The Southern Surge of Bioscience Technology Georgia Poised to Lead the South in the Rapidly Growing Life Sciences Field On a sunny day in March 2014, 250 gathered in attendance. On-hand were seven shovels that would break ground on the anticipated Georgia BioScience Training Center. Among the attendees were Governor Nathan Deal, Department of Economic Development Commissioner Chris Carr, Technical College System of Georgia Commissioner Ron Jackson and Vice President/Program Executive of Baxter International Brien Johnson. When those shovels broke the ground it marked the start of a promising new era, as Georgia was poised to rise yet again in the promising field of bioscience technology. Already home to the United States Centers for Disease Control and Prevention (CDC), world-class research institutions like Emory University and the Georgia Institute for Technology and more than 400 life science companies, the state has long had a strong foothold in the field of biotechnology. With the additions of Baxter International’s more than $1 billion manufacturing facility and the Georgia BioScience Training Center, it’s clear that Georgia has turned a promising new corner. Of course, the story doesn’t actually begin here. The road to the tent that was situated within the 1,620- acre Stanton Springs Industrial Park – located at the intersection of Newton, Walton and Morgan Counties – was paved several years prior by the combined efforts of the Governor’s Office, the Georgia Department of Economic Development, Technical College System of Georgia, Georgia Quick Start, visionary leaders at Baxter International and commissioners from four different county governments. CREATING A BIO TECH BUZZ Amanda Shailendra, Director of Life Sciences, Technology and Corporate Solutions for the Georgia Department of Economic Development (GDEcD), has a front row seat for all of the exciting developments within Georgia’s growing bioscience technology industry. “Baxter was a long-term recruitment process,” recalled Shailendra. “Our department had worked on several other bioscience projects that we didn’t land, but we learned something new from each one, and they all served to lay the groundwork for Baxter. Now, we understood what companies in that space were looking for and worked towards providing that. We also built relationships with knowledgeable consultants. With the success of recruiting Baxter and the opening of the Georgia BioScience Training Center, we are able to place even more focus on the bioscience industry as a whole and identify subsectors where Georgia is uniquely suited for growth. The foundation that was created through these efforts has helped lead the way to significant growth for these industry sectors, which include Health Information Technology (HIT), Medical Devices, Cold Chain Storage, Fill and Finish, Hematology and Immunology. For instance, Varian Medical Systems from California will soon be bringing a medical device project to Georgia, which will represent 100 new positions on the Westside. Kaiser Permanente announced in April that it would be opening an IT campus on Peachtree Street – adding 900 new jobs. And athenahealth has announced plans to bring 600 new positions to Atlanta’s Ponce City Market over the next three years.” Shailendra, Commissioner Chris Carr and the rest of the GDEcD team don’t merely wait for press releases and articles about bioscience companies making their way to the Peach State to land on the desks of bioscience CEOs. Instead, they work proactively and diligently to create a buzz of their own. One of the most effective tools at their disposal is regular attendance at industry-related conventions and trade shows – such as BIO International – where Georgia often cross promotes and collaborates with entities such as the CDC, universities and colleges, and public and private businesses. GDEcD invites them to exhibit within the Georgia footprint, which is a 40-by-50-foot pavilion-sized booth that always serves to draw a crowd. When it comes time to negotiate with a prospective company, GDEcD often brings many of the same faces to the table in order to build a strong and cohesive team. “We use best practices from our work with other industries to grow the bioscience technology industry,” said Shailendra. “A skilled workforce is so important to many industries, which is particularly true of bioscience. The Georgia BioScience Training Center just made sense to help us attract Baxter. As far as attracting other bioscience companies in the future, we have a plan. We’re sticking to the plan and adjusting when needed… but we’re definitely on a very positive path forward.” CONNECTING THE DOTS Th e Technical College System of Georgia (TCSG) oversees the state’s network of 23 technical colleges and a host of economic and workforce development programs – including Georgia Quick Start. “Th e number one decision maker for most companies with regard to where to locate is availability of a quality workforce,” said Technical College System of Georgia (TCSG) Commissioner Gretchen Corbin. “Georgia has been highly successful in developing that quality workforce companies are seeking through TCSG and Georgia Quick Start – the number one workforce training development program in the world. Quick Start will look carefully at a company and train to fit their specific needs. Th e Georgia BioScience Training Center was built with the entire bioscience industry in mind. Now that this vision is a reality, we can actively market it to other companies throughout the world. Th e training center is just one more show of commitment to companies that Georgia is ready for them. We’ve stepped up to the plate and are fully committed to the biotechnology industry, including the Baxter workforce, their partners and suppliers and beyond. At TCSG, we’re here to support businesses through our training and workforce development programs. Equally important, we’re also here to support Georgians who wish to go into this industry by becoming a student of the Technical College System of Georgia.” REALIZING A VISION For more than 40 years, Quick Start has provided customized workforce training free-of-charge to qualified businesses in Georgia. Today, the internationally acclaimed workforce development program is one of the state’s key assets for supporting new and expanding industries, like the bioscience technology industry. Quick Start delivers training in classrooms, mobile labs or directly on the plant floor, wherever it works best for a company. In the case of Baxter International, it quickly became apparent that the best solution was a dedicated training facility close to the company’s new campus near Covington. The Georgia BioScience Training Center will be operated by Georgia Quick Start. Once fully operational, the training center – which played a key role in attracting Baxter International to Georgia – will feature a comprehensive training program. Developed in collaboration between Georgia Quick Start and Baxter, the program will focus heavily on core skills and specialty manufacturing. Also attractive to Baxter was the fact that two technical colleges nearby boast strong bioscience programs – Gwinnett Technical College and Athens Technical College. Jackie Rohosky, Assistant Commissioner for Economic Development Programs for TCSG, has led the Georgia Quick Start program since 1990 and made a point to take Baxter executives to both schools to see their programs in action. “Everything is connected – operation startup and technical college system to supply workforce,” said Rohosky. “Baxter is not the first company to convey that Quick Start played a role in their decision to locate in Georgia. They appreciate the training and the quality of the workforce we can supply them. After all, companies have to do the right kind of training in order to start successfully. Of course, it’s not solely Quick Start. We have a very strong economic development team in Commissioner Chris Carr and Amanda Shailendra. They specialize in locating companies that would be a good fit for Georgia. There was also a solid collaboration between four counties – Newton, Walton, Jasper and Morgan – to draw this company to the Covington area. The local economic development entities worked extremely well together.” Rohosky stated that locality was also central to Baxter’s decision to locate east of Atlanta. She provided the Baxter team with a map that pointed to five technical colleges and a number of university systems, as well as nine high schools and career academies that could all serve as workforce pipelines for the company. “Beyond training and the provision of a pool of workforce talent, we also collaborated with Baxter International on the design of the center by deciding what needs to go into planning a state-of-the-art facility,” Rohosky recalled. “We initially looked at other centers, but decided to go with an entirely original design – one-of-a-kind. We looked to nature and many of the aesthetics tied to the life sciences industry. We plan to host a grand opening and unveiling in September 2015. We can hardly wait for everyone to see it, particularly prospective companies who are considering a move to Georgia. In the meantime, the GDEcD will bring prospects to us, and we’ll take them through the Georgia Bioscience Training Center, as well as the KIA training center in West Georgia. Beyond a standard tour to ‘wow’ them and demonstrations of our training capacities, these centers serve as proof that we’ve done it. We provide companies with a virtually turn-key solution that alleviates concerns over ‘how will we train our workforce?’”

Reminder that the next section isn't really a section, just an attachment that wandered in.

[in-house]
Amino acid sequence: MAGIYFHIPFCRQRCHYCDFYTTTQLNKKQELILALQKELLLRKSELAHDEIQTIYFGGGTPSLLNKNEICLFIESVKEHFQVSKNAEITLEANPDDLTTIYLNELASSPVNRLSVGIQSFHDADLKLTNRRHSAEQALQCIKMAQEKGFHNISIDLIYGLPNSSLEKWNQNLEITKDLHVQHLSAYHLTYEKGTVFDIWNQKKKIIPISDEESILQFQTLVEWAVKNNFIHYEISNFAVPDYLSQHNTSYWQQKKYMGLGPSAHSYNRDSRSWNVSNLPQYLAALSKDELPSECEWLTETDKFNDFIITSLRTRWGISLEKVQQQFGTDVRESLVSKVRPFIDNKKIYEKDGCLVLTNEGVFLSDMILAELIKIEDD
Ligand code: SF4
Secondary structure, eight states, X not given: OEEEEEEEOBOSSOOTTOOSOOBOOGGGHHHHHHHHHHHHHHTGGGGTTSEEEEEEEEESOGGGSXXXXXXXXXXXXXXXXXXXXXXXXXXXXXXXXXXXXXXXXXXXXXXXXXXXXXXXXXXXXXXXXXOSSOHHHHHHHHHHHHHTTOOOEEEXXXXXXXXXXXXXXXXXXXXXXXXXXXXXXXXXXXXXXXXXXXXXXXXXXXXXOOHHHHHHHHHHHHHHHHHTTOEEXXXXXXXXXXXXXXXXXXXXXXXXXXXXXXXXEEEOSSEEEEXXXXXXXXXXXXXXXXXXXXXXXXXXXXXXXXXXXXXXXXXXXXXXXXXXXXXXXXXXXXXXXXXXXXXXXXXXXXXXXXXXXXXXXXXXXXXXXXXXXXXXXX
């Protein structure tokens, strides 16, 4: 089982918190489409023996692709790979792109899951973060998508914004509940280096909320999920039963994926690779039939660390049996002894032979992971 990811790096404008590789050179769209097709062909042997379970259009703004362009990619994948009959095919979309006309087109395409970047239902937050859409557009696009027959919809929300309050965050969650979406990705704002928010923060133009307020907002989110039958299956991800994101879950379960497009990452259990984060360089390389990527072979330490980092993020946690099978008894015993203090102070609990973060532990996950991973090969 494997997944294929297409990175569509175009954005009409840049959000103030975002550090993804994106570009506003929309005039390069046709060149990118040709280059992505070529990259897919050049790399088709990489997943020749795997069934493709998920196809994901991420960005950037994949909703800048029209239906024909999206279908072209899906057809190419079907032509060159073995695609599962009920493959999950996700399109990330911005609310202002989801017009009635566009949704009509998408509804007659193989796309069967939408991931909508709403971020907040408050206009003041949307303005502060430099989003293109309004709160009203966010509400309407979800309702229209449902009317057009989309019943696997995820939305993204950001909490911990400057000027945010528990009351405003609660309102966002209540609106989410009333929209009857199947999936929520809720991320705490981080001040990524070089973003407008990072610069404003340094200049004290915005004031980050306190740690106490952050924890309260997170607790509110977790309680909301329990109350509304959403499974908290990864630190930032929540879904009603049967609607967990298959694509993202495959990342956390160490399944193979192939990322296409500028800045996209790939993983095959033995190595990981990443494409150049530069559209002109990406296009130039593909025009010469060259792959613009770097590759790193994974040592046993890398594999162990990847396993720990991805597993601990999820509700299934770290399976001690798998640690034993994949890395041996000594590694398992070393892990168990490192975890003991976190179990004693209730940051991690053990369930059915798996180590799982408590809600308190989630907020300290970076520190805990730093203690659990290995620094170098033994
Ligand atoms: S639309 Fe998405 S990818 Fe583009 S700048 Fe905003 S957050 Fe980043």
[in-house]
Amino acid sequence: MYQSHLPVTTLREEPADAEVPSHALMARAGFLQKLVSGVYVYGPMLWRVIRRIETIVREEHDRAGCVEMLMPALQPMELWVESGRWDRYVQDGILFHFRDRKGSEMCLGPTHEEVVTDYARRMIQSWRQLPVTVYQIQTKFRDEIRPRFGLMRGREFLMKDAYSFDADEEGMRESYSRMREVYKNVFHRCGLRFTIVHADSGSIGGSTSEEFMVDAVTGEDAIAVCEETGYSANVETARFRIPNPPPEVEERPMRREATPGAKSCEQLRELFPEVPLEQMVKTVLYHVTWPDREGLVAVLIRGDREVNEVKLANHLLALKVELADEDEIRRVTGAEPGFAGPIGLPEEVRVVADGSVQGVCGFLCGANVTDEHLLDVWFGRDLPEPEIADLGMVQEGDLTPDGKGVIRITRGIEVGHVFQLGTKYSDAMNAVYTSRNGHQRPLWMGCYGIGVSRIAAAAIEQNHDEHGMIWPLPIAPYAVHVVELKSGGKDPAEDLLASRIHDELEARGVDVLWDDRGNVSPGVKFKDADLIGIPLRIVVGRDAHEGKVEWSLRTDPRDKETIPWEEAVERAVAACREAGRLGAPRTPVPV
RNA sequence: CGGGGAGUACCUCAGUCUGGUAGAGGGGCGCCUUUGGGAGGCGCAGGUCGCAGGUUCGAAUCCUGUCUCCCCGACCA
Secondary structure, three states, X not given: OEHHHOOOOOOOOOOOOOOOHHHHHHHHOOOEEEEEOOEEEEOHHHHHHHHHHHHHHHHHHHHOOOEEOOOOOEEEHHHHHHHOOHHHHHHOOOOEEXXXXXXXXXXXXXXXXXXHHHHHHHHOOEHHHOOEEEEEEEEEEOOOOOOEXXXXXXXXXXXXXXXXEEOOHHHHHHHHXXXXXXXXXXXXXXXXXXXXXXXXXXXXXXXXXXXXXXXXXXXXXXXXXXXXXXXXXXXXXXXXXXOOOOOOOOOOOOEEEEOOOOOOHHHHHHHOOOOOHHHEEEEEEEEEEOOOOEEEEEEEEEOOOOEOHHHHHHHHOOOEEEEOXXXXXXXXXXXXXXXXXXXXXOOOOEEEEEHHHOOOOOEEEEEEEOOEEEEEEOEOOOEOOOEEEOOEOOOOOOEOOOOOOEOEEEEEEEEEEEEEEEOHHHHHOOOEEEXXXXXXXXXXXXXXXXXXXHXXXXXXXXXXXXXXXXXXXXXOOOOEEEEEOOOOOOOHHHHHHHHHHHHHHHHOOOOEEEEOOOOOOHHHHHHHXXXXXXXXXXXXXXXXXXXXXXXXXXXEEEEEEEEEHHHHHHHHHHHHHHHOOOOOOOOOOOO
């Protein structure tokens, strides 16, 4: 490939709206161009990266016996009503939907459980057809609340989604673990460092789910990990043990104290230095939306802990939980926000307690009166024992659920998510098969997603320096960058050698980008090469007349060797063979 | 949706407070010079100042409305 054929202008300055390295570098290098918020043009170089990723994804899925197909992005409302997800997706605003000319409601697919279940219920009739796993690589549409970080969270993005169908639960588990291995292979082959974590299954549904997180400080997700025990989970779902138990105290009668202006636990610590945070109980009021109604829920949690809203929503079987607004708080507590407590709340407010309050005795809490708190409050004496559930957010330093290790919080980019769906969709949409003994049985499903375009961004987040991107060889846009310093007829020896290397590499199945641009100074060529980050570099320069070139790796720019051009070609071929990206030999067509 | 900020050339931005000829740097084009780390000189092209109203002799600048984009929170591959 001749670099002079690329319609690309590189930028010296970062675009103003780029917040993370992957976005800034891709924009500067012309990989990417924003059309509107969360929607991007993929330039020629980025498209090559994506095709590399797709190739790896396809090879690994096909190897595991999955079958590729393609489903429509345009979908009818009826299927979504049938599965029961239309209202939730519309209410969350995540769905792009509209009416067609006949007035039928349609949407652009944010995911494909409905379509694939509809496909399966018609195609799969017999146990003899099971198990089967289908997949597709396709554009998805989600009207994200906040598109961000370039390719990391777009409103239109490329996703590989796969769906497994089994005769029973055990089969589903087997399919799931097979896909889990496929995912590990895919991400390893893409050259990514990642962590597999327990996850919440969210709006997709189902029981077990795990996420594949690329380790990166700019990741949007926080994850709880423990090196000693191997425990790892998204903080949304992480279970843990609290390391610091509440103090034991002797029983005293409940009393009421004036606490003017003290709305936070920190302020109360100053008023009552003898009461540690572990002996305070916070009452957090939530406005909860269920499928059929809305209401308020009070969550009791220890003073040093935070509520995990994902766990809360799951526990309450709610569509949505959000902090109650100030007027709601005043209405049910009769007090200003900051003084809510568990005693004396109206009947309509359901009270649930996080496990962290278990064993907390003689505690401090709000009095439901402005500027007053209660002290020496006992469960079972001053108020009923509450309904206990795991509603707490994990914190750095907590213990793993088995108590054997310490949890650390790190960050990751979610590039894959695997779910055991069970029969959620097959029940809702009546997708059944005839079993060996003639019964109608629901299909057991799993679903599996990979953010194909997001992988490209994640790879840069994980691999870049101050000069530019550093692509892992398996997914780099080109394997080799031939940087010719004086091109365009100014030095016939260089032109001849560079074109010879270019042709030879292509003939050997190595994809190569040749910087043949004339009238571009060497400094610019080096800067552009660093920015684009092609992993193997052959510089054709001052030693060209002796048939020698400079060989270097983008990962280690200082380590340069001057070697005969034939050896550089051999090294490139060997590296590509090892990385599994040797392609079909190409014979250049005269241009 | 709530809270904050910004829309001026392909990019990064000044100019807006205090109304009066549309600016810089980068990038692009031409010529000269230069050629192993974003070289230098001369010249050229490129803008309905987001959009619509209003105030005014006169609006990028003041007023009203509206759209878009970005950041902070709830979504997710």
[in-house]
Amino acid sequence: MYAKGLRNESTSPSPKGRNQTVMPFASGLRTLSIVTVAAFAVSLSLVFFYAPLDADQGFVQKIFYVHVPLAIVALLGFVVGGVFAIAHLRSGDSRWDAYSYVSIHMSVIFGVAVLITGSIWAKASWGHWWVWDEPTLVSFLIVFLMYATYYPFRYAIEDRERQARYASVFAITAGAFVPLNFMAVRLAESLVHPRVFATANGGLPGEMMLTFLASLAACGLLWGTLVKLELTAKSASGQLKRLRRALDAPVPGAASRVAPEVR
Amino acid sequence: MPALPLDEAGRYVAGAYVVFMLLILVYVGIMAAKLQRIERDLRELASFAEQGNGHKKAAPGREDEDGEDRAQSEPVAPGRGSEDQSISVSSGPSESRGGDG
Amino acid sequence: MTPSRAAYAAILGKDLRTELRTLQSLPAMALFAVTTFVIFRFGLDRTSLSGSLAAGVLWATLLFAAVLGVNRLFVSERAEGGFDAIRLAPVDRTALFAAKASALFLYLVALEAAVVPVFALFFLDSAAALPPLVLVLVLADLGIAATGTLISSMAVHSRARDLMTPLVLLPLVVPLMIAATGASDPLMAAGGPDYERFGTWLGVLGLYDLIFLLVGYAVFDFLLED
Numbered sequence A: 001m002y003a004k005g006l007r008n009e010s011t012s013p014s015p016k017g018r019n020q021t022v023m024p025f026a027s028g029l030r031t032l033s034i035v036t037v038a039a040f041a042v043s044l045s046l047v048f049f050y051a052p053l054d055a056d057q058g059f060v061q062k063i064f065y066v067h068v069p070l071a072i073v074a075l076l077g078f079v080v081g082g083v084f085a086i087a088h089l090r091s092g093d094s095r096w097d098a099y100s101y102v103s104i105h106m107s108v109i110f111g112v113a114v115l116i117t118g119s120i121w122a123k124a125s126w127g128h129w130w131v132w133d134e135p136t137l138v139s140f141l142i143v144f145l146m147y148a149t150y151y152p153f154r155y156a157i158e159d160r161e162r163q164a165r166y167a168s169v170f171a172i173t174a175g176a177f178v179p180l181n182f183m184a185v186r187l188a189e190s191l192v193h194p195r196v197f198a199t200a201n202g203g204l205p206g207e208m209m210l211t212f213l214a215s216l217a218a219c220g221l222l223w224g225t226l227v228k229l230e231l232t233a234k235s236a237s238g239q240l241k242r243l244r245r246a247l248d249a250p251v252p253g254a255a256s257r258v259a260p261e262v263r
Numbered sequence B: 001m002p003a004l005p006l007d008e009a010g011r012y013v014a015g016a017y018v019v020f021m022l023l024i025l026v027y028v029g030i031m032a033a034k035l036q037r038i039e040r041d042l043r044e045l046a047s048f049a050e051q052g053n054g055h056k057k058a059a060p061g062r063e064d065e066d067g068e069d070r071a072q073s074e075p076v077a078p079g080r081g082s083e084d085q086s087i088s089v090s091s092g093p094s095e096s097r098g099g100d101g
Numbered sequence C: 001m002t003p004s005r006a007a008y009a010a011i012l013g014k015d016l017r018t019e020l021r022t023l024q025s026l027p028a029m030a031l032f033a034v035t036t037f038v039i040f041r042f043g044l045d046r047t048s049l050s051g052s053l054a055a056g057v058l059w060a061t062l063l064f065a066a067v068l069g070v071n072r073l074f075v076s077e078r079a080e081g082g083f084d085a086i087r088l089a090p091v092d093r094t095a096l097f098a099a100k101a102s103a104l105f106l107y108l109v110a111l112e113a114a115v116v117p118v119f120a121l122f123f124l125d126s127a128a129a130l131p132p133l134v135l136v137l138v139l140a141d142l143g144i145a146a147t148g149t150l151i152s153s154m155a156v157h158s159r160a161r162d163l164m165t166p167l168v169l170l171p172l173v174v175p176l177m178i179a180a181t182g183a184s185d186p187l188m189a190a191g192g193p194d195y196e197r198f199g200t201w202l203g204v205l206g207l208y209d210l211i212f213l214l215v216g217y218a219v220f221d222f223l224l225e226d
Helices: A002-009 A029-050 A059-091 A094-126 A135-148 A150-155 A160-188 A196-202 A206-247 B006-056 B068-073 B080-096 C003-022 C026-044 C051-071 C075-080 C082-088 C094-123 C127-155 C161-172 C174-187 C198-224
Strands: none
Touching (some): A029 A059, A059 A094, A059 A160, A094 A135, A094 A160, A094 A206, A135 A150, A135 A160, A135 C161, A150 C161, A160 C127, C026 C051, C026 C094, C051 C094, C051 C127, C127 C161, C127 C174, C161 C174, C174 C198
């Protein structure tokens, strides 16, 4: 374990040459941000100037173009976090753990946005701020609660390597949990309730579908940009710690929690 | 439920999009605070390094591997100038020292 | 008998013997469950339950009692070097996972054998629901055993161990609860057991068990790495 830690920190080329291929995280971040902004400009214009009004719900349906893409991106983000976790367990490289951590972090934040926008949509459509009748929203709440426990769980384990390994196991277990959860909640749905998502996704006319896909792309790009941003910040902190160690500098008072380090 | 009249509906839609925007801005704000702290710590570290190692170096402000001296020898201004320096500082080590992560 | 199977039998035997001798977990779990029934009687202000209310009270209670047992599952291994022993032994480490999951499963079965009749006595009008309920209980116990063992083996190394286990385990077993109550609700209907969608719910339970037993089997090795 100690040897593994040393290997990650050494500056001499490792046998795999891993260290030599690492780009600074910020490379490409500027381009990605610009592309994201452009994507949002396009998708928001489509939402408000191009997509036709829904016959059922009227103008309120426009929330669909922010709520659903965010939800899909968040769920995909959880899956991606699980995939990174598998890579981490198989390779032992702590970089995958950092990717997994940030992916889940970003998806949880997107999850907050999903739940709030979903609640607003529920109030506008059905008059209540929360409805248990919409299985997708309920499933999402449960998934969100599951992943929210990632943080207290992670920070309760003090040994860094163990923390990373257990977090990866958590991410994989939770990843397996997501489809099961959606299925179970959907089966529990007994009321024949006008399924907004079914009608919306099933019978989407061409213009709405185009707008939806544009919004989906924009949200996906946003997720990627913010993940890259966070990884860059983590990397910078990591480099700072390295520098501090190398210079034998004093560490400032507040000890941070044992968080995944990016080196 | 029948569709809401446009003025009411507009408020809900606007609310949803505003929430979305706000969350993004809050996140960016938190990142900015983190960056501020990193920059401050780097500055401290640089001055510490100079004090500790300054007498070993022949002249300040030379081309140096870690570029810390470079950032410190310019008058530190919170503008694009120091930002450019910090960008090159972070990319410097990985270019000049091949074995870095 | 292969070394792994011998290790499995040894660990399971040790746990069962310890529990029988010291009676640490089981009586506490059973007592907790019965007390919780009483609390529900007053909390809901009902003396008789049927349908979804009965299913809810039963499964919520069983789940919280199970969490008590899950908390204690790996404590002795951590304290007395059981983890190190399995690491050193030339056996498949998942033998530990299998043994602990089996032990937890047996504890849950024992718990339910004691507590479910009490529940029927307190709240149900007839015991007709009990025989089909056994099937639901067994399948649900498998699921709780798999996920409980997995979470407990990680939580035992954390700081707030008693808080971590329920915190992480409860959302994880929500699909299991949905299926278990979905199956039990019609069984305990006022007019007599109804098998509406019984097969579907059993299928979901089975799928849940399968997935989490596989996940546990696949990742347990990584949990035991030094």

Published by American Council of Engineering Companies of Georgia. View All Articles.